Shape-shifting material morphs robot from driving to flying
A new shape-shifting material out of Virginia Tech can be used to give robots the power to transform smoothly between different shapes — like going from a drivable robot to a flying drone.
The challenge: Most of today’s robots are really good at one function — drones are designed to fly, but they can’t swim, and wheeled bots can drive, but they can’t fly.
The few exceptions typically use complex systems of motors, gears, and hinges to reconfigure themselves into different shapes suited for different tasks, but every extra part is a new potential point of failure.
We want to be able to build more versatility into robots, though, because it would allow us to use fewer of them to do more, and that cuts down on costs.
The morphing and fixing process can take as little as one-tenth of a second.
The idea: Virginia Tech researchers set out to design a shape-shifting material that could morph from one configuration to another, hold it, and then morph back again — repeatedly and without the use of any motors.
“One of the challenges was to create a material that was soft enough to dramatically change shape, yet rigid enough to create adaptable machines that can perform different functions,” researcher leader Michael Bartlett said.
Once they had their material, they then demonstrated how it could serve as the basis for transforming robots, including one that can quickly transition from driving to flying.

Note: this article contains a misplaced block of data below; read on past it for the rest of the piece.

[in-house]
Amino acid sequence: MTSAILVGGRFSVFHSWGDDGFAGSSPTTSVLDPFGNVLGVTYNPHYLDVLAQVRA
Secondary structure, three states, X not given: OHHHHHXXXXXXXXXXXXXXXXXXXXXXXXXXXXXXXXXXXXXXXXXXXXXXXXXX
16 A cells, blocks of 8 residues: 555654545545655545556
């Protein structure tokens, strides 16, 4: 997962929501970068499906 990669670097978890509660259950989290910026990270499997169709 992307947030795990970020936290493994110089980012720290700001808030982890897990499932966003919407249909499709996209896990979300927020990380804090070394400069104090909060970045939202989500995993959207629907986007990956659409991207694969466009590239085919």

How it works: To create the shape-shifting material, tubes of metal were embedded between several flat layers of rubber. Heaters were embedded alongside the metal, and a geometric pattern, inspired by the Japanese art of kirigami, was cut into the rubber.
When the heaters are switched on, the metal melts and the once-flat material can take on new shapes. When they’re switched off, the metal cools and solidifies, holding the material in the new shape. This morphing and fixing process can take as little as one-tenth of a second.
The big picture: It’s not clear how much the material costs to make, or how easy it would be to scale up.
Even if it couldn’t be cheaply mass-produced, though, it’s easy to think of high-value uses for the shape-shifting material, such as a space rover that could quickly reconfigure itself into a helicopter any time it encountered rough terrain.
“We’re excited about the opportunities this material presents for multifunctional robots,” co-author Edward J. Barron III said.
“These composites are strong enough to withstand the forces from motors or propulsion systems, yet can readily shape morph, which allows machines to adapt to their environment.”
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